This post is a special follow-up to an HC3 webinar of the same name presented September 2014.
Supporting the development of professionals is a challenging and complex undertaking regardless of where they practice.
However, there are additional challenges when the practitioners are across the globe and working in low resource environments. The first and most important consideration in these, and all professional development work, is to identify the true performance challenges in a well devised needs analysis. It’s essential to consider the entire performance environment in order to address the right issues, and to do this well you must look beyond the knowledge and skills of the practitioner. A recent HC3 webinar presented four tools that could be used to consider resources, incentives, expectations for performance, feedback and workload capacity. All of these are important contributors to performance, but once they are identified how do you then apply a blended learning approach to support the practitioner?
While learning solutions are appropriate for supporting the knowledge and skills needs of professionals, there are a variety of reasons why you might consider a blended learning approach to address these needs.
First of all, are you choosing a blended approach because you believe it will produce the best possible outcome? Or are you choosing it because of the distance between yourself and the practitioner? Adult education theory tells us that giving learners a level of control over their acquisition of knowledge and skills, and helping them see immediate, practical application of what they are learning will improve the outcome. This consideration makes blended learning a good approach even in local applications. Ask yourself, if your practitioners were right down the hall would you still be advocating a blended learning approach? Do you believe blended learning is the optimum approach and will ensure learning happens quickly, that it is longer lasting, and that higher levels of achievement result?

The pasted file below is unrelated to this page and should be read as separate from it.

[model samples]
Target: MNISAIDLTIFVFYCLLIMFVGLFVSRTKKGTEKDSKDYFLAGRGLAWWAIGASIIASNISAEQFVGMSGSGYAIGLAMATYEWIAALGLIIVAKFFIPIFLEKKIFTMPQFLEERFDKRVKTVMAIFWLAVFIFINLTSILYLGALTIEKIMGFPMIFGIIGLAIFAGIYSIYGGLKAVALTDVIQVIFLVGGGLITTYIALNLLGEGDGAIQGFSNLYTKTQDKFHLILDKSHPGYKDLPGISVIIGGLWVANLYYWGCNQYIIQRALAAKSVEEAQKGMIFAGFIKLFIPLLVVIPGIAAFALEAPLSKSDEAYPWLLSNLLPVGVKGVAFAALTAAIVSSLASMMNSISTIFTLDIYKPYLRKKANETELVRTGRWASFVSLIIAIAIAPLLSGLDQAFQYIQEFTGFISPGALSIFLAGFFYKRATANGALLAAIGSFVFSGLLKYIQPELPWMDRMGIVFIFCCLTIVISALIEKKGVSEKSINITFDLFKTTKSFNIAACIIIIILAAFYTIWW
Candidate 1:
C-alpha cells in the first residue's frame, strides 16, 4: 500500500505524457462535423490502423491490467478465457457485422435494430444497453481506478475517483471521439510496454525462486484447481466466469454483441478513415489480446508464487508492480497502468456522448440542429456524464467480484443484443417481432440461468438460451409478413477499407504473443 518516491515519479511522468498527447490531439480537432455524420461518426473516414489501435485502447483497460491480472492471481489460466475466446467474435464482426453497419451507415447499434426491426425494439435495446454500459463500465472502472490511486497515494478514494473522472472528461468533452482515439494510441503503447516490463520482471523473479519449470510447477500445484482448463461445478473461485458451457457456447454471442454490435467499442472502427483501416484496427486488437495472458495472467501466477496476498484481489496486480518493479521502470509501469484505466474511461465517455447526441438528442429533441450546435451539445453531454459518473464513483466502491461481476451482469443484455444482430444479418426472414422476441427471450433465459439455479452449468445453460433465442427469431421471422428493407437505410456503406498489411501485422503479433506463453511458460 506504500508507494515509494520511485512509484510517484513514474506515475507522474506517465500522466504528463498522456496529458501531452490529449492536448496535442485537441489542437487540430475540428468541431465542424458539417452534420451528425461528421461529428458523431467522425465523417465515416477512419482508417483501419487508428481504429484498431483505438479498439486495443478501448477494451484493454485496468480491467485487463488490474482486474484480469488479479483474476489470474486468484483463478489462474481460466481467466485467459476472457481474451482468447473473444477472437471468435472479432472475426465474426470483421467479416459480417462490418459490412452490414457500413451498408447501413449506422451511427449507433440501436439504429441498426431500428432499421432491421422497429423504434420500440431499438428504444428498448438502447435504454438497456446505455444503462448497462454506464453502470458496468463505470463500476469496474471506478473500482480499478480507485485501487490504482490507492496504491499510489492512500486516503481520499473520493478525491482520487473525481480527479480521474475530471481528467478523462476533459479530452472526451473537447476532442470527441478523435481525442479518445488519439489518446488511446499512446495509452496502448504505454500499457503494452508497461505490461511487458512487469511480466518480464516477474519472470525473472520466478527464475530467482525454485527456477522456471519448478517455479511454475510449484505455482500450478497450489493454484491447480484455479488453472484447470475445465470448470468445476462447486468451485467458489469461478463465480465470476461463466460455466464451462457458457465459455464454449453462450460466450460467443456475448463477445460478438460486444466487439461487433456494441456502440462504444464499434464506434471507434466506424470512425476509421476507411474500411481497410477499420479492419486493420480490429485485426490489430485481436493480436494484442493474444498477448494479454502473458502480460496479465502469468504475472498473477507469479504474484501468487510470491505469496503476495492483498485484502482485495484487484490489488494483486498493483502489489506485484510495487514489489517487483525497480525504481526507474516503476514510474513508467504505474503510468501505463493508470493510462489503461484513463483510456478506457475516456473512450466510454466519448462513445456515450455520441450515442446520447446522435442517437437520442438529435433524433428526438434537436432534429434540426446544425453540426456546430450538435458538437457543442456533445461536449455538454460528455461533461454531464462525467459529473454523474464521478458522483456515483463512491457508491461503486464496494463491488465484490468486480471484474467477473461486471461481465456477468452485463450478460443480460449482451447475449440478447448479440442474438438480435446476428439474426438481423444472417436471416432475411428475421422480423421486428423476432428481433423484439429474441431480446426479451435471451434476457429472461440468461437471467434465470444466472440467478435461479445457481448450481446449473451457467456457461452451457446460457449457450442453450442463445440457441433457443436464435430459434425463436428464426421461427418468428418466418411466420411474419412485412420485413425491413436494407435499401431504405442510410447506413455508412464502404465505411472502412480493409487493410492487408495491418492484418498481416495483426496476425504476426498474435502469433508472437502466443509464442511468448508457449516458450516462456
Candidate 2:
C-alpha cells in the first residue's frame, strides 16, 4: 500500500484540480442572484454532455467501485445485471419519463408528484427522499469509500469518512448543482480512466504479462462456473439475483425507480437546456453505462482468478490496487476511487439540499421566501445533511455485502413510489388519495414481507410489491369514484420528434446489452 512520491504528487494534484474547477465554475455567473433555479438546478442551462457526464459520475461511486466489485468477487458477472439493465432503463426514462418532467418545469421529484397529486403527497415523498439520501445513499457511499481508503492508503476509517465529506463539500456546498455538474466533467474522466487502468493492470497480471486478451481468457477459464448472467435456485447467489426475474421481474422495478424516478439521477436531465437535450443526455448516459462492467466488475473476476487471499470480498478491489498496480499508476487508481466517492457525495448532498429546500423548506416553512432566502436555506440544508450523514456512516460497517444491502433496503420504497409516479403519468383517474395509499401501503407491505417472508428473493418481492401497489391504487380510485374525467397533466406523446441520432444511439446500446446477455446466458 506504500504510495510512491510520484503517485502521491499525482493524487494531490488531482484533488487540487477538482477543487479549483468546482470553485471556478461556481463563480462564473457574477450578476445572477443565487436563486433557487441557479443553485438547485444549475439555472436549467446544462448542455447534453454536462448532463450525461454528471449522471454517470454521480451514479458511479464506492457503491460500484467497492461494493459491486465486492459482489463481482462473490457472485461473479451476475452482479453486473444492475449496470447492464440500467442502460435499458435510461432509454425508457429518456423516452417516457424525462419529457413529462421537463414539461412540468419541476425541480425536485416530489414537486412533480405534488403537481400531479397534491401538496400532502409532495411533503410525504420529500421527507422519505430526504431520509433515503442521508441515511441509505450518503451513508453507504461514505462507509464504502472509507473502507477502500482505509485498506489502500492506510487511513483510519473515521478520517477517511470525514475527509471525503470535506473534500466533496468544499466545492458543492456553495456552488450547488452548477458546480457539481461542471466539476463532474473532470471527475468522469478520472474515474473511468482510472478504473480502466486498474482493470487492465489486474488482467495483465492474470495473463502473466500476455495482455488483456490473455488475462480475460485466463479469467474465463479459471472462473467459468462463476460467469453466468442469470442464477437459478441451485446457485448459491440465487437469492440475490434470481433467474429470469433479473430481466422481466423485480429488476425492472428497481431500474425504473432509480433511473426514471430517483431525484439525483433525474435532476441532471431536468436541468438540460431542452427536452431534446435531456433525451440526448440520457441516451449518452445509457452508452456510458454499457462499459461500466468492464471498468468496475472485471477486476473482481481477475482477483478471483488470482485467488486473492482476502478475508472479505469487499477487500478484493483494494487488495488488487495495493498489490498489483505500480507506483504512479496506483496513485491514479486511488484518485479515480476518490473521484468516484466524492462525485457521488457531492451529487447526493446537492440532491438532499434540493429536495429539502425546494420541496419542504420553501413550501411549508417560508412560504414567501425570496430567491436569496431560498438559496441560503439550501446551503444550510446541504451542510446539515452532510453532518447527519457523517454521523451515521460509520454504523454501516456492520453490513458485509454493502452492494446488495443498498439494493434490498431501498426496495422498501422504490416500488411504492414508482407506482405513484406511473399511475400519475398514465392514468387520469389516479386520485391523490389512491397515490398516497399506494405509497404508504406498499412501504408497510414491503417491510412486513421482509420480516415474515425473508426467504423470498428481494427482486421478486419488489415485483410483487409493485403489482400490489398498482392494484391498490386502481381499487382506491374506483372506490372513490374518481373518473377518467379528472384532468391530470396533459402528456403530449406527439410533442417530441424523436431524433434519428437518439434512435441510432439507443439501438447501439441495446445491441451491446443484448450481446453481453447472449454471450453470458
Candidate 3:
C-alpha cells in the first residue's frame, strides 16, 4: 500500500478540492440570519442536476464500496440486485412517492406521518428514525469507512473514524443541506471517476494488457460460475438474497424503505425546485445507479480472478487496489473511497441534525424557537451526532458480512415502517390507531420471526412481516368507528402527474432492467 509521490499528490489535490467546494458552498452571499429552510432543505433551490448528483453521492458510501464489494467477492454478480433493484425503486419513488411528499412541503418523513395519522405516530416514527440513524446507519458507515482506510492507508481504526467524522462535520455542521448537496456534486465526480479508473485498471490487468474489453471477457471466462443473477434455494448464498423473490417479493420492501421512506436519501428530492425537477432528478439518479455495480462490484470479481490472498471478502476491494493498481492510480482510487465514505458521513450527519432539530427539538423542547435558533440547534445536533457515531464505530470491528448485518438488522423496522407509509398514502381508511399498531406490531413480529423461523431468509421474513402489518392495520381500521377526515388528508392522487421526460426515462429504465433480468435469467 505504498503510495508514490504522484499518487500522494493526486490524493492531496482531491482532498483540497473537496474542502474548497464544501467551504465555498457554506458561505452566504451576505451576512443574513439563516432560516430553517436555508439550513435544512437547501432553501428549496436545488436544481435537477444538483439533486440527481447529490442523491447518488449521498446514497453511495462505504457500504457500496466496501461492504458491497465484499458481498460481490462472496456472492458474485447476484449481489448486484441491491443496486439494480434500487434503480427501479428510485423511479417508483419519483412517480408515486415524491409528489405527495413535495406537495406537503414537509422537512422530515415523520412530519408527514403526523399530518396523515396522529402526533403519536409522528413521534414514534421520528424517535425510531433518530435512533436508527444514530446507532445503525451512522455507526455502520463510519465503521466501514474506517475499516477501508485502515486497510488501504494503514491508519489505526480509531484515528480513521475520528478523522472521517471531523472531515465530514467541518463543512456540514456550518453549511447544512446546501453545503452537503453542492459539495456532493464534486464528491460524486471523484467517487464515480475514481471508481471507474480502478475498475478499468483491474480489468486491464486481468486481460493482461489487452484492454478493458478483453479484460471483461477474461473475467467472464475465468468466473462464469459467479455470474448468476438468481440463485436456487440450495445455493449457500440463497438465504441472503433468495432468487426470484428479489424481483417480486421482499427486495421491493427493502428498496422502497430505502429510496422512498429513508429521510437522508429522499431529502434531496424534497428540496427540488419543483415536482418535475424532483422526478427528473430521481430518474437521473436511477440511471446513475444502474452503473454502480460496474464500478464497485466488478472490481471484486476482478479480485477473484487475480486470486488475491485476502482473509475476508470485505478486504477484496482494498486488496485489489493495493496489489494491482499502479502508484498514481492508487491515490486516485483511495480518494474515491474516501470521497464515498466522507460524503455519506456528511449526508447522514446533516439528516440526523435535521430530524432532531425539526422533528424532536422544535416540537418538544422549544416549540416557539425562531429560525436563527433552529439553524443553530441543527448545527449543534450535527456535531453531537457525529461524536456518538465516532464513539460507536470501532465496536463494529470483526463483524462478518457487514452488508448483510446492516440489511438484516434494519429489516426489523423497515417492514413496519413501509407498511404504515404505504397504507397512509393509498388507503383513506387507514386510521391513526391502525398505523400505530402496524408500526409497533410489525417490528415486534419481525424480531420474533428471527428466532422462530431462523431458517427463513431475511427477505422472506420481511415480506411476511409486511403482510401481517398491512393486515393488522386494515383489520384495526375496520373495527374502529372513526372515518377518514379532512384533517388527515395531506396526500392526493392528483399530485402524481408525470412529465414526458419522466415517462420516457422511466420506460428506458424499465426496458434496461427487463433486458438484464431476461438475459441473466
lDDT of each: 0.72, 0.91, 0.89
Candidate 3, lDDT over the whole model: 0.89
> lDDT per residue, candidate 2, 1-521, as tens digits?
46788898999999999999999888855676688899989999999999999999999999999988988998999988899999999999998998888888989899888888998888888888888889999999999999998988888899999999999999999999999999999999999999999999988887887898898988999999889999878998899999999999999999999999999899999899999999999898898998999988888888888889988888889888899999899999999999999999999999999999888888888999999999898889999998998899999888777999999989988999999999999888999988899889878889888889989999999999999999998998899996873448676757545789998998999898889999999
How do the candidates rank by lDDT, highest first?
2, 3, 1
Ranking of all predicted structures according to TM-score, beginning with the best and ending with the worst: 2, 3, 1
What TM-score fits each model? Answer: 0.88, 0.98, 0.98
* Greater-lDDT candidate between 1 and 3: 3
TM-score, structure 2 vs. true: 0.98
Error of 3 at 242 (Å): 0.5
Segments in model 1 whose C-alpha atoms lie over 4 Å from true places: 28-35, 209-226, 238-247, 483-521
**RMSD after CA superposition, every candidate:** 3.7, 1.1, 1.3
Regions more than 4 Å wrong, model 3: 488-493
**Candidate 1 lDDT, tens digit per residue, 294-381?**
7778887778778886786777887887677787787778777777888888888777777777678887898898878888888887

Another aspect to consider is the difference between practice knowledge versus traditional knowledge and skills development.
For example, a nurse will certainly need the chemistry and math capability required to properly proportion dosages of medication for immunization or treatment of illness, and can even practice delivering injections using oranges or similar substitutes. Adults often do well in the self-directed engagement with materials to acquire this kind of knowledge, particularly if they have opportunities to self-assess that knowledge through testing or other evaluation opportunities. However, tacit understanding of the practice of their profession in relation to that knowledge—such as an understanding that tense patients experience greater pain with an injection because their muscle is not relaxed—is not as easily acquired without clinical experience or engagement with professionals who have that experience. The more practitioners have opportunity to engage directly with one other, the more likely that practice knowledge will be shared and internalized.
For this reason, blended learning approaches might consider more highly interactive methods for practice knowledge acquisition.
What are some examples of where you have designed or experienced blended learning that successfully delivered either traditional knowledge or skills or practice knowledge or skills? Based on those experiences, do you agree this is an important consideration when thinking about blended learning?